The answer is a resound yes!
As provided under the Fair Credit Reporting Act, both the credit reporting company and the information provider (i.e. the company that owns the debt) are responsible for correcting inaccurate or incomplete information in your report.
The law affords you rights to correct such inaccuracies. All you need to is write the credit reporting company, notifying them about the inaccurate or missing information. In the letter, provide your complete name and address, identify each item that you are disputing, state the facts and explain why you dispute the information, and request that it be removed or corrected.
You must also include copies, but not the originals, of certain documents that will support your claim. Make sure to send the letter via certified mail. That way, you can keep track when and if the credit reporting company has received your letter. Don’t forget to keep copies of your dispute letter just in case.
Once the credit reporting company has received the letter, they must investigate the inaccuracies or missing information you stipulated in your letter. They must do this within 30 days, or as what the law provides. If the misinformation or inaccuracy was caused by the organization that provided such information, they must forward relevant data to such organization, who must then investigate the forwarded data. If the organization (information provider), upon conducting investigation, finds inaccuracy or missing information, they must immediately contact the three nationwide credit reporting agencies to fix the error. When the investigation is complete, the credit reporting company must give you the results in writing along with a free copy of your report if the dispute results in a change.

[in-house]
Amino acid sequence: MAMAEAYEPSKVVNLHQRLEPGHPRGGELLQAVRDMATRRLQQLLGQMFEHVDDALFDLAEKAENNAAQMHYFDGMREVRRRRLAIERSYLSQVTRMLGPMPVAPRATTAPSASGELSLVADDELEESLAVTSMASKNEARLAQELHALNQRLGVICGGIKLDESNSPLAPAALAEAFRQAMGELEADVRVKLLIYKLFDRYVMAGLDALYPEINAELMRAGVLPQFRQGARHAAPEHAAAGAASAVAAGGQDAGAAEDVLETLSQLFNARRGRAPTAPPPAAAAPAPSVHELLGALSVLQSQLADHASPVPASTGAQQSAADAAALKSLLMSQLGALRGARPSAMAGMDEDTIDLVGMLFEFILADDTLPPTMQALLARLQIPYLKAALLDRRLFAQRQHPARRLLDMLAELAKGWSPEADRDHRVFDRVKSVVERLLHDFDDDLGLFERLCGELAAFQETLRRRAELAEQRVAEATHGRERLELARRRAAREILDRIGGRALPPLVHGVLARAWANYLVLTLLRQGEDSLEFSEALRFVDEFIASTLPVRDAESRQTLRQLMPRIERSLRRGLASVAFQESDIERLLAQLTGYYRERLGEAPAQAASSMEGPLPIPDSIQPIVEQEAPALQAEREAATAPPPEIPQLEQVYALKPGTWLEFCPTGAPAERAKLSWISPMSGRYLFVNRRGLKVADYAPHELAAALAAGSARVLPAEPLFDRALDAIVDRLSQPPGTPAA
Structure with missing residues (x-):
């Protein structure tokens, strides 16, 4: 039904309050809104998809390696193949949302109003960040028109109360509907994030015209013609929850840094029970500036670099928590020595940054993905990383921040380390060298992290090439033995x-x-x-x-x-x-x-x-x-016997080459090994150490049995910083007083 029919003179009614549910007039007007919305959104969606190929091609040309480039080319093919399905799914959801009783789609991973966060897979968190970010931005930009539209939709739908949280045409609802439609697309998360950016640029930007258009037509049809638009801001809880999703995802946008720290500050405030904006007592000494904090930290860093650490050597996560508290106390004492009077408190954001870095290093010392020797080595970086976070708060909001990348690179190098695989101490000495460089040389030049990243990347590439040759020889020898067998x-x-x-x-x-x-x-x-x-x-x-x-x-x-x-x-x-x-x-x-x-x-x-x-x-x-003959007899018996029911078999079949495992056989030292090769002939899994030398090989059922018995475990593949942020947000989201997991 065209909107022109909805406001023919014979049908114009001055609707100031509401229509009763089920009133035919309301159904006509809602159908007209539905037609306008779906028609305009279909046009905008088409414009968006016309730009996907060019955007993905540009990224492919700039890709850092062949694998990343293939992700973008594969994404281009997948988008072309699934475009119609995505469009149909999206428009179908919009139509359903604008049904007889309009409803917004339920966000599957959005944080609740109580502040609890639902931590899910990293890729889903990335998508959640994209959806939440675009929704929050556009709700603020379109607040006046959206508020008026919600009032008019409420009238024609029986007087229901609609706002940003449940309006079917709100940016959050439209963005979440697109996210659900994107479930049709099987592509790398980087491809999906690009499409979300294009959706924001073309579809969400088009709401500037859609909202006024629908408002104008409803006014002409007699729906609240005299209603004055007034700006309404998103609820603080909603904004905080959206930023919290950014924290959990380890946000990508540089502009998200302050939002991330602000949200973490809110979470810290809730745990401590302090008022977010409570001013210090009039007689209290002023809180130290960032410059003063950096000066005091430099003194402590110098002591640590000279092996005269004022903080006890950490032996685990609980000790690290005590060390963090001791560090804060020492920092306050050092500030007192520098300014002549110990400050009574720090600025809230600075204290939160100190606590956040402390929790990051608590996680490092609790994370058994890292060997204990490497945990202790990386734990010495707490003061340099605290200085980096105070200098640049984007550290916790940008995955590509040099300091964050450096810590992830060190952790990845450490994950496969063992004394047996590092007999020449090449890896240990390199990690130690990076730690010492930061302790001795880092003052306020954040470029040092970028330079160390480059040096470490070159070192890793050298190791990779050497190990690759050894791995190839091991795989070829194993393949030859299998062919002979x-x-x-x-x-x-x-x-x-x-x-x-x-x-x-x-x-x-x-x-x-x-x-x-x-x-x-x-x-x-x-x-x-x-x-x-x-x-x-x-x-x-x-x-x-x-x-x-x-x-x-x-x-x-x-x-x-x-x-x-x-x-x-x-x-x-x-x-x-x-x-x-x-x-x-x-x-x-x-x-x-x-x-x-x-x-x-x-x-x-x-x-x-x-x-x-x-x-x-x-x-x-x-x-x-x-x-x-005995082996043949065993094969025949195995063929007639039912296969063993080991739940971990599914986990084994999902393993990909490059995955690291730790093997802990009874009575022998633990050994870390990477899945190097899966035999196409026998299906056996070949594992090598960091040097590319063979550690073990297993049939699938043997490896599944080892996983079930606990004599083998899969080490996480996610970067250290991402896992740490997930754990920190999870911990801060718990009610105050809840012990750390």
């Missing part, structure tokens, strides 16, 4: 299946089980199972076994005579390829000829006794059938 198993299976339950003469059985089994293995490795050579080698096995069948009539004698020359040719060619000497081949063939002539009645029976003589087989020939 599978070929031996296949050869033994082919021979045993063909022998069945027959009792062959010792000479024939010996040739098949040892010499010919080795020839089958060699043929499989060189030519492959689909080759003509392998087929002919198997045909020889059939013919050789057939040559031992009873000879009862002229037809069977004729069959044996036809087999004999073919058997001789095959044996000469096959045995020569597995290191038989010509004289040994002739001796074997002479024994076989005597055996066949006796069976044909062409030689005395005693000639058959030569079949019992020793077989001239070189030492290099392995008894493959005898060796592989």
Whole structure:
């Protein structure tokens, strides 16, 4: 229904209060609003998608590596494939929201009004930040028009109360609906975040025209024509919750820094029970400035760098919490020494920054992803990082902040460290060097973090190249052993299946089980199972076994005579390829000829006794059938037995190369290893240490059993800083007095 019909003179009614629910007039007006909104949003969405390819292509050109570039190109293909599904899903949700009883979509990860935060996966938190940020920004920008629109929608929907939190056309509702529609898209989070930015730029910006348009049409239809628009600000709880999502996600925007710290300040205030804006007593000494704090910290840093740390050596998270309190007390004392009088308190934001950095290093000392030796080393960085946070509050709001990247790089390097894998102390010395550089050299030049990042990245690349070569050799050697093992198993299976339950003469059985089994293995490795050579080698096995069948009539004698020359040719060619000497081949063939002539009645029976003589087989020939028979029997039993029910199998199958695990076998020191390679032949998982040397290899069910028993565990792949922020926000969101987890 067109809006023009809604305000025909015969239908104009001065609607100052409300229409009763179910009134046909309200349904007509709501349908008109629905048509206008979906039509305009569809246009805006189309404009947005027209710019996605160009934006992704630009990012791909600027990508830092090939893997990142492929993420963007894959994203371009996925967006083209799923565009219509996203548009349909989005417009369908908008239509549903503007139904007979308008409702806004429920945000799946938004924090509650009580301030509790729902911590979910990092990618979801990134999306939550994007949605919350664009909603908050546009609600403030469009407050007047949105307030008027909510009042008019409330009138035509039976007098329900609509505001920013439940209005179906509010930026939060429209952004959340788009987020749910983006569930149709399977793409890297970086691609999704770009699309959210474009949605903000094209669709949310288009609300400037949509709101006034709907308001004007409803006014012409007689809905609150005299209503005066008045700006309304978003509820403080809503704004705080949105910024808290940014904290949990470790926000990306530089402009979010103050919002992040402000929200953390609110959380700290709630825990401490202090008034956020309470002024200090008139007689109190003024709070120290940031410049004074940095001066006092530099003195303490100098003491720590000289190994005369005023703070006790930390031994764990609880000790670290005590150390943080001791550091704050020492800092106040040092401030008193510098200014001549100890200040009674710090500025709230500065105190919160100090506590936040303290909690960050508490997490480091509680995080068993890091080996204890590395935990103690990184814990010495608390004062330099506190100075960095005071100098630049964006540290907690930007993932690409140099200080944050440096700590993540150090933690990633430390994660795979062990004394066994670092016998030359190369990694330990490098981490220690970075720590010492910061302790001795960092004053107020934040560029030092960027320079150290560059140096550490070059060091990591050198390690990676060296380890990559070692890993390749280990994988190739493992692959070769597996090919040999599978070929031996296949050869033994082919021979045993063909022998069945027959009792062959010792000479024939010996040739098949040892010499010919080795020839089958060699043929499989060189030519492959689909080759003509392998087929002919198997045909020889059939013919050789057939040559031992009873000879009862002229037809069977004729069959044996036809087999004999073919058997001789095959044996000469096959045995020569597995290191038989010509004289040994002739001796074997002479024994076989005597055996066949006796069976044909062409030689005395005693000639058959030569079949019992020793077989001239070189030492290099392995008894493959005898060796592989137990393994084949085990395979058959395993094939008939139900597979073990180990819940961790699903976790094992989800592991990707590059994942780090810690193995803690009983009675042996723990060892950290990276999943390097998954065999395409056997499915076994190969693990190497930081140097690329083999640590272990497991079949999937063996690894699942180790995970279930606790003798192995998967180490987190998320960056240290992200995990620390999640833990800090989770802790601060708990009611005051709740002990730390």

To find out more details about the process, kindly read the link:
However, if there’s no inaccuracy with your credit report and score and you are being dragged down by unpaid debts, you should not waste time and contact a qualified debt settlement attorney as immediately as possible. With a great attorney by your side, you can negotiate for large reductions in your debts, including the principal and interest. This further allows you to settle the debts permanently for just a fraction of the balance. Once your debts are settled, your credit score will likely begin to improve. It’s a win-win situation for you.
Kevin Fallon McCarthy
Latest posts by Kevin Fallon McCarthy (see all)
- Public Servants’ Second Chance at Federal Student Loan Forgiveness - April 10, 2018
- CREDIT CARD LOSS FOR SMALL BANKS AT AN EIGHT YEAR HIGH - March 22, 2018
- Rise of the Jumbo Student Loans - March 17, 2018
- Credit Card Market: Now and Then - February 23, 2018
- Make Your Credit Cards Work for You - January 23, 2018